Armstrong explained that AOL adopted this change because of a $7.1 million increase in health-care costs required to make the company comply with Obama care. During an interview, in an attempt to explain the company’s shift,  Armstrong blamed the 401(k) change partly on a spike in health-care costs related to the difficult birth of two babies covered by the company’s policies. He stated that these “distressed babies” cost AOL $1 million each.

Realizing the effect his words had on the two mothers and other AOL employees, Armstrong later responded by reinstating the previous 401 (K) plan and indirectly apologizing to the two moms.

From a PR stand point, Armstrong made several mistakes in this situation that could have made this shift of 401 (k) program smoother.

First, let us address the CEO’s communication and employee relations. In an attempt to explain  why the 401(k) was being altered, during an interview, Armstrong singled out two employees and ultimately blamed the shift on their high risk pregnancies. By doing this, he casts his employees as mere liabilities to the company.  Just to be clear, ground employees are a company’s best asset and need to be treated as such.  It is apparent that Armstrong has forgotten the direct connection between employee satisfaction and customer delight. In order to have happy customers, you must have happy employees. Consumers do not walk away from a business saying “The CEO is a nice man/woman.” In reality, customers walk away from a business with the memory of how they were treated by the cashier, clerk, server, etc. Instead of playing the blame game, Armstrong should have explained the big picture of why 401 (k) plans were being changed. With this said, AOL employees should have received a direct apology from him .

Second, the CEO’s less than timely reaction . In our society of innovative technology, everything is public. Because studies show that on a 7:1 ratio people prefer to hear/ see bad news more than good news, media channels jump on stories like this with little mercy on the subject (Center, Jackson, Smith & Stansberry). I will give credit where credit is due. Armstrong did apologize, and reinstated the 401 (k) plan. However, he only did this after remaining quiet for a few days, and realizing that this problem was not going away on its own. Instead of remaining quiet and allowing the media to tell his story, Armstrong should have made a public announcement stating exactly what happened. He also should have directly apologized to the two mothers he mentioned in the interview and all of the AOL employees. This would have helped regain employee loyalty as well as trust. By attempting to wait for things to cool off, and then taking action once he saw no other way out,  his actions did not seem genuine.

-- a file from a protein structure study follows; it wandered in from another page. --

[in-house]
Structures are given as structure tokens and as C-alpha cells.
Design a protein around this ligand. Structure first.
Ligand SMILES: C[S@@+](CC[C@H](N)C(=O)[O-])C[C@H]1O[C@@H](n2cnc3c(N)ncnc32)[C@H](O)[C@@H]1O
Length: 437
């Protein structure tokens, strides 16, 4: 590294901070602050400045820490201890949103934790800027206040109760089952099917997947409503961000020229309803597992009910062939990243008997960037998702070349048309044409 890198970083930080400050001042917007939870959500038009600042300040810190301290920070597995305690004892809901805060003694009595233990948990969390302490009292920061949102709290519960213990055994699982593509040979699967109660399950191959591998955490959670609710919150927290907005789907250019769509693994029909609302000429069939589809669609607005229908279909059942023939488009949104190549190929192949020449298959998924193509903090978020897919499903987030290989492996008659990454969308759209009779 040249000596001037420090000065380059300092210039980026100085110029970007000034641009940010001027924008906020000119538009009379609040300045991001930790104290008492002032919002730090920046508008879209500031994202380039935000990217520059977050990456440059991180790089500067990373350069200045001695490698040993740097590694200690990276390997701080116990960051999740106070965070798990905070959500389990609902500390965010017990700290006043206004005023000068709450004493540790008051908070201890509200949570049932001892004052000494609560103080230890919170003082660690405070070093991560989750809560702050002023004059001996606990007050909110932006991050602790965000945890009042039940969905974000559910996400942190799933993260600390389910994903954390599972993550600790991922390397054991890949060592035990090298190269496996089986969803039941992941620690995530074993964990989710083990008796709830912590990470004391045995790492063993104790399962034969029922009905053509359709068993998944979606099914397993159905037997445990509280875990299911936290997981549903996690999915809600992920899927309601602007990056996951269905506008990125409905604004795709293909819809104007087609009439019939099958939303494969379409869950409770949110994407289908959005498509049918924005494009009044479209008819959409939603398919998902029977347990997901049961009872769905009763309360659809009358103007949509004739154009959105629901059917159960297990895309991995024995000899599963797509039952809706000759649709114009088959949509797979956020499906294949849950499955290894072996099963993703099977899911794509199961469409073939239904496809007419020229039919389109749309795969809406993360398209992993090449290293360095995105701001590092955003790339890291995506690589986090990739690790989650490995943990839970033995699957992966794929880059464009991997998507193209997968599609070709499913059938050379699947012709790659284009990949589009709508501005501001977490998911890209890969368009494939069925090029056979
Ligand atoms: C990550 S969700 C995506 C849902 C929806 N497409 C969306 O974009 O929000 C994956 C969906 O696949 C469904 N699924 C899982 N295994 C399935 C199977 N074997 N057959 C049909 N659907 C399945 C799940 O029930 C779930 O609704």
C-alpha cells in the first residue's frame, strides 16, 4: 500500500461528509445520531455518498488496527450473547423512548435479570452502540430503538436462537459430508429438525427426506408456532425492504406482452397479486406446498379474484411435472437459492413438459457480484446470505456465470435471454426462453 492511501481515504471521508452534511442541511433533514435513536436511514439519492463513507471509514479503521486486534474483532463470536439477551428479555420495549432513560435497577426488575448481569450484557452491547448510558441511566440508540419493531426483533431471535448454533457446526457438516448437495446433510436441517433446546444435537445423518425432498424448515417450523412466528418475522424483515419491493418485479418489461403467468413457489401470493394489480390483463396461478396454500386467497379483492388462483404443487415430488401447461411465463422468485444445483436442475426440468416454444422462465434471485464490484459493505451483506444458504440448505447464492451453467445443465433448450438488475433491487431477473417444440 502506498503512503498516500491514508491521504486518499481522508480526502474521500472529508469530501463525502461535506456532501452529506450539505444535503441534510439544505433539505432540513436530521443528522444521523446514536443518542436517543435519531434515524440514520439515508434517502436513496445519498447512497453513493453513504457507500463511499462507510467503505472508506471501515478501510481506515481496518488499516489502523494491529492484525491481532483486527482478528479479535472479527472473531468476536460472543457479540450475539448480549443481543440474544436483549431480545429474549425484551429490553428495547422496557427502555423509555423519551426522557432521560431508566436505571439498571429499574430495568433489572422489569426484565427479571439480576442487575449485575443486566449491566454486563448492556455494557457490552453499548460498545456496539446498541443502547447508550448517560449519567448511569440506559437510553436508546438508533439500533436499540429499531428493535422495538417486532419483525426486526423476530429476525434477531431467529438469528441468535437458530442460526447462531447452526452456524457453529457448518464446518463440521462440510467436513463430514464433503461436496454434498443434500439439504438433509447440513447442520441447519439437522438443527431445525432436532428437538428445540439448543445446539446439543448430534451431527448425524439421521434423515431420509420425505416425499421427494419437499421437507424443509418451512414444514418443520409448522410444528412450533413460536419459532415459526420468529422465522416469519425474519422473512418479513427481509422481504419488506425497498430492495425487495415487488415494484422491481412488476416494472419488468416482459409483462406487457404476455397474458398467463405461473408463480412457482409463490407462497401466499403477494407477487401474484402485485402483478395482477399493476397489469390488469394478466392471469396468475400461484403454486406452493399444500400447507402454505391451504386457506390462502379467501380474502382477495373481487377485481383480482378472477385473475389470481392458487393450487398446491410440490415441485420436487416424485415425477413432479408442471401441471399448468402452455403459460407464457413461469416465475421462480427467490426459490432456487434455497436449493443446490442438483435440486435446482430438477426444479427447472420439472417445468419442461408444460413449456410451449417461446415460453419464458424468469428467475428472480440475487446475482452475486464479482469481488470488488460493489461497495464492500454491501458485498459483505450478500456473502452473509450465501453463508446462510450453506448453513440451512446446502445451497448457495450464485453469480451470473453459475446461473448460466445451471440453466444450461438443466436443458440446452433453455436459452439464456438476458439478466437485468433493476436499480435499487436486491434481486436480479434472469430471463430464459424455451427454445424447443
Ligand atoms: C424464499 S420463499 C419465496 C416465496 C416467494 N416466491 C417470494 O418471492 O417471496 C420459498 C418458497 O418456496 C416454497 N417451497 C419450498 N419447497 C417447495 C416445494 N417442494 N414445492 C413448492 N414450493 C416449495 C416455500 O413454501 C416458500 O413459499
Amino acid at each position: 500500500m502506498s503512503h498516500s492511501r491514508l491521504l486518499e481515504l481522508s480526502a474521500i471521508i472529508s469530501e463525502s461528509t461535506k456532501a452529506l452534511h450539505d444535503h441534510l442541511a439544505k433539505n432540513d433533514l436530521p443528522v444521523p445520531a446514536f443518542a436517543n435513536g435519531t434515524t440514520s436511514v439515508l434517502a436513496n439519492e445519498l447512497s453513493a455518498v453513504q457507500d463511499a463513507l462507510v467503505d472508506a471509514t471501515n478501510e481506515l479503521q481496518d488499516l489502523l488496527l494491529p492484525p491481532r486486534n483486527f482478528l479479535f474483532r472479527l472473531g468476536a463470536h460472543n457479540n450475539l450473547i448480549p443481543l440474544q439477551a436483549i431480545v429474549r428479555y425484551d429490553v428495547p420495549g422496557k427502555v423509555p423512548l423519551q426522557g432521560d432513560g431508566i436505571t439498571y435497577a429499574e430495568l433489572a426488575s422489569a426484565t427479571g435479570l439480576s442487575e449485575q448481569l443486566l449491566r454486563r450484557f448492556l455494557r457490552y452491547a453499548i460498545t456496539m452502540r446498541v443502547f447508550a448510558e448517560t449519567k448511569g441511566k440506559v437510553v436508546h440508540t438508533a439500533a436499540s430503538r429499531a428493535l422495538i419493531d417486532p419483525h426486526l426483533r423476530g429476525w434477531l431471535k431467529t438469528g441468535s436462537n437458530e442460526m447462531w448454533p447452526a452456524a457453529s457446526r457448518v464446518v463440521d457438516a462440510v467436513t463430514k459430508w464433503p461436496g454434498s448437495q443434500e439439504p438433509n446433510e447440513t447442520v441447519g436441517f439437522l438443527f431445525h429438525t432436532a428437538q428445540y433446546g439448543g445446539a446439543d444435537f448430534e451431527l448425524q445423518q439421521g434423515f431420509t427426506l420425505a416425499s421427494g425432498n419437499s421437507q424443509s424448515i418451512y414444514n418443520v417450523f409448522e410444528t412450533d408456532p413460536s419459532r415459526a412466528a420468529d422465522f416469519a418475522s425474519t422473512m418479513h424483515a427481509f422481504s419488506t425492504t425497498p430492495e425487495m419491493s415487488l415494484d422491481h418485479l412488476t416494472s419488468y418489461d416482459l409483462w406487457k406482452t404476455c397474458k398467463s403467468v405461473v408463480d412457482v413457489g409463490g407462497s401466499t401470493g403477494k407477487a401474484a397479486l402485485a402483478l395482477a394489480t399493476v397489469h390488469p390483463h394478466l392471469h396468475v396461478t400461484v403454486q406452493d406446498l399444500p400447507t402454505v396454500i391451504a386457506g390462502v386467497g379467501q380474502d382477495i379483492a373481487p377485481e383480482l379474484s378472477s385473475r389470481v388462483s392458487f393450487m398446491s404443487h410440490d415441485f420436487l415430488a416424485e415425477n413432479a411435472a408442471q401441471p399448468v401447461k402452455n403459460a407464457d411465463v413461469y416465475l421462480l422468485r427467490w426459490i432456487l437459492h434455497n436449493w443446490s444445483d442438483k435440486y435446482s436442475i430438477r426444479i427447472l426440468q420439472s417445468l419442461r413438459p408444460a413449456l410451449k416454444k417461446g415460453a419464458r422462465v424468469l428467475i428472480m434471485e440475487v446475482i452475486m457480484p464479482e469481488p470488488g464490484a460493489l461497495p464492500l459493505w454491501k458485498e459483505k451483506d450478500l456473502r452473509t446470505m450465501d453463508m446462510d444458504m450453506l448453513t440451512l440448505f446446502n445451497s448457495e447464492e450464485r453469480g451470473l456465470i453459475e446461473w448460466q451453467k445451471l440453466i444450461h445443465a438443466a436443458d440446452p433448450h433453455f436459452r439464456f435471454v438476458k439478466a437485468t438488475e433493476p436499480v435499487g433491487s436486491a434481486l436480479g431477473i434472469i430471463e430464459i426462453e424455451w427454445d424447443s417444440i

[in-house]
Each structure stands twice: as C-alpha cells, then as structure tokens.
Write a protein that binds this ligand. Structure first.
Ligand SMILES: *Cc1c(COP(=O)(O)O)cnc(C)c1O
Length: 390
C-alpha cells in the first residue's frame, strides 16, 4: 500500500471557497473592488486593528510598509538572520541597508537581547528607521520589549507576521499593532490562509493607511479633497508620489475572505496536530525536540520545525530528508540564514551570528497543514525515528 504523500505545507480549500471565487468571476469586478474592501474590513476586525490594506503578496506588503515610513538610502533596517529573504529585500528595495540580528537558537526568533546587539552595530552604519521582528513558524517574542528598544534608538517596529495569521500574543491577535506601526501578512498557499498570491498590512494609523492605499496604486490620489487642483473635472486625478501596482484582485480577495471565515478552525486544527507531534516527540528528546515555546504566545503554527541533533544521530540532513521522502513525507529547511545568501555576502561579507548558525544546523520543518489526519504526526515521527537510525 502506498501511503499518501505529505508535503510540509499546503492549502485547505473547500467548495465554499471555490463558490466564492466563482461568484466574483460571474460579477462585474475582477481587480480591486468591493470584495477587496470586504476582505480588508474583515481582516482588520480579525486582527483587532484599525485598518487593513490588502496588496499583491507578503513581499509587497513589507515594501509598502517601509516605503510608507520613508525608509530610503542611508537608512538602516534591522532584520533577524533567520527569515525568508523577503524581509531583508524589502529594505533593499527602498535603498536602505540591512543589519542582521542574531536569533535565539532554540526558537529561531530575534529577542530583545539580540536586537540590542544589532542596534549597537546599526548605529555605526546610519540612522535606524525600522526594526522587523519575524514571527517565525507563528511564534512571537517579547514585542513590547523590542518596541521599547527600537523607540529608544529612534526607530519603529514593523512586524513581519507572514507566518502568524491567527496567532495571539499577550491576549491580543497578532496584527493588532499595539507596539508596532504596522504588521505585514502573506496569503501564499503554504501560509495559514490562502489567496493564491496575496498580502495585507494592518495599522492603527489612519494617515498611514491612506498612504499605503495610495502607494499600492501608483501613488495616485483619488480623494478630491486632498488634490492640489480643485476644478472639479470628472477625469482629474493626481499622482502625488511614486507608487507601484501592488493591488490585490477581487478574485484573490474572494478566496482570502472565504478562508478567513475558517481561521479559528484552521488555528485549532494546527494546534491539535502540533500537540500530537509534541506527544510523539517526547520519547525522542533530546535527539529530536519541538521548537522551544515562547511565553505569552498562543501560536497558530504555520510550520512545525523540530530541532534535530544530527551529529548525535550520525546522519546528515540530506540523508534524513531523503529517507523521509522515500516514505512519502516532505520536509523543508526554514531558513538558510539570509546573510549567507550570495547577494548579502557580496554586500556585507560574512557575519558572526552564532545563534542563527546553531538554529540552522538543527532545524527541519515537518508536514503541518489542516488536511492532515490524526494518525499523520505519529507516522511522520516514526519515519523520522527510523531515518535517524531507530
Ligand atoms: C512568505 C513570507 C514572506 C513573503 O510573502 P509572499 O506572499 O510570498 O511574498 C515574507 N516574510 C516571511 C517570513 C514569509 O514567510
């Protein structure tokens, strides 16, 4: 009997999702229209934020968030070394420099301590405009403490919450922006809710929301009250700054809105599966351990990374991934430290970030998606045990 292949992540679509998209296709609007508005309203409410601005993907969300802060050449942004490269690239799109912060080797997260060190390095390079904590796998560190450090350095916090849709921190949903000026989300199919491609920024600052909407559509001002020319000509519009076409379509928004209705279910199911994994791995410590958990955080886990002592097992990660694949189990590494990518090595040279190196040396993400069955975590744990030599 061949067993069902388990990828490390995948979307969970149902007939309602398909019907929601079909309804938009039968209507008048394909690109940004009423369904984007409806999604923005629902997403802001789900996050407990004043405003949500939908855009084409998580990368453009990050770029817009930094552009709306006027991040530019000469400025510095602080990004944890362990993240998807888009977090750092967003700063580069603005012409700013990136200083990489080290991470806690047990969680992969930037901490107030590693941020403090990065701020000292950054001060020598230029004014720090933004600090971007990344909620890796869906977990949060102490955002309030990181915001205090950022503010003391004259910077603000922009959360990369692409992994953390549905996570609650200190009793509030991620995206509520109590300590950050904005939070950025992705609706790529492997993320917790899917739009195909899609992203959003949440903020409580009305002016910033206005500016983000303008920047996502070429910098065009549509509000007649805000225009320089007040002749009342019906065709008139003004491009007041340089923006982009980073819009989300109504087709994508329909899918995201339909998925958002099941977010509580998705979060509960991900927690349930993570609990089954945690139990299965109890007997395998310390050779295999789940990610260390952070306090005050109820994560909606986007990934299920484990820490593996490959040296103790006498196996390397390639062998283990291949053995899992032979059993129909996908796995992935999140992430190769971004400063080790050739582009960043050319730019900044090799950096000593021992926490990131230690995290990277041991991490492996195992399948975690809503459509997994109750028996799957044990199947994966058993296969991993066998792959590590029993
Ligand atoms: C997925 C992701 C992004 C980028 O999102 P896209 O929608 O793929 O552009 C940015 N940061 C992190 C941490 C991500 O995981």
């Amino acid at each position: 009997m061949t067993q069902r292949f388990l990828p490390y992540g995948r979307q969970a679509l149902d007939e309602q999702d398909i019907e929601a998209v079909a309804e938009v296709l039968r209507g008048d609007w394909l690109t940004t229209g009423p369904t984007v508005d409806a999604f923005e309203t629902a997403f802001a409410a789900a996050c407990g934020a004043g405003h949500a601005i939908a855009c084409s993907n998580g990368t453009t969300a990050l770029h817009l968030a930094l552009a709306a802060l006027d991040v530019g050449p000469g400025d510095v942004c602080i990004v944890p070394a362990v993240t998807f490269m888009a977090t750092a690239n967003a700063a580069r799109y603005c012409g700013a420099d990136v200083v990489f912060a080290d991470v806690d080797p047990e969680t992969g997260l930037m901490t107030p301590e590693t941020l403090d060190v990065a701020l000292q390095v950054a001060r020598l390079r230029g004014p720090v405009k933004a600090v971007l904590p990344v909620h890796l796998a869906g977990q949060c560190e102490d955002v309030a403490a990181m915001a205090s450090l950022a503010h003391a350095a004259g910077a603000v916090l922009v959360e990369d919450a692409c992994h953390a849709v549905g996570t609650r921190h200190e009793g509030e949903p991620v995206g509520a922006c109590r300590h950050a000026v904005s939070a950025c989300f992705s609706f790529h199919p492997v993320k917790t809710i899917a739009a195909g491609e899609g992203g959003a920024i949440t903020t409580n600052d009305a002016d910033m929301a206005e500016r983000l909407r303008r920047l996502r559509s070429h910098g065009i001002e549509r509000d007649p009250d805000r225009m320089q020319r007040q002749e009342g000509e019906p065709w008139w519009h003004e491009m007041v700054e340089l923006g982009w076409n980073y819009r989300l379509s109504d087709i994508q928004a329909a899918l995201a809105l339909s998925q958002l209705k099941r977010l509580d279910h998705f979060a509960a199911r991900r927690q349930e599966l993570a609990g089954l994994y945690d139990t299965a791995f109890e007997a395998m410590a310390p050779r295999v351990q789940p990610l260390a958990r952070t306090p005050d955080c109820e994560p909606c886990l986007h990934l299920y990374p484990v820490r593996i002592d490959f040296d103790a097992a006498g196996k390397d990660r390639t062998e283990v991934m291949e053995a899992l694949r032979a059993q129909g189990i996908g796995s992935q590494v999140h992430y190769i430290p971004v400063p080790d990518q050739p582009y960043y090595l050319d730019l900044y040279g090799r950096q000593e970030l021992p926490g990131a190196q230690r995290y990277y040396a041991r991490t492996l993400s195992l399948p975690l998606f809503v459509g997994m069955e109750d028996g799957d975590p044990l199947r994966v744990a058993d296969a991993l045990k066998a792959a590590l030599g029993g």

If I were to advise Tim Armstrong on anything I would suggest three things.

1.Brush up on communication skills.

This entire incident did not happen because Armstrong is a jerk. I believe it happened because he did not know how to effectively communicate his thoughts. As my PR management professor says, “CEOs only speak one language, money.” CEOs do not understand how to effectively communicate with people, let alone their customers and employees. I would recommend that Armstrong get coaching on how to effectively communicate especially in the public.

2. Deal with issues head on.

Nothing resolves itself. He must participate and actively communicate with the public about what happened, and what he is doing to make sure it does not happen again. However, he probably does not understand this need because, again, he lacks essential communication skills.

3.  Learn how to apologize.

No good apology is without three very important components, which Armstrong’s apology conveniently lacked,  including the “I’m sorry statement,” what you did wrong, and how you are going to fix it.


Center, A., Jackson, P., Smith, S., & Stansberry, F. Public relations practices. (7th ed., p. 162).

Bartash, J. (2014, February 9). Aol chief offers mea culpa after 401(k) faux pas. Retrieved from http://blogs.marketwatch.com/capitolreport/2014/02/09/aol-ceo-retreats-on-401k-switch-after-uproar/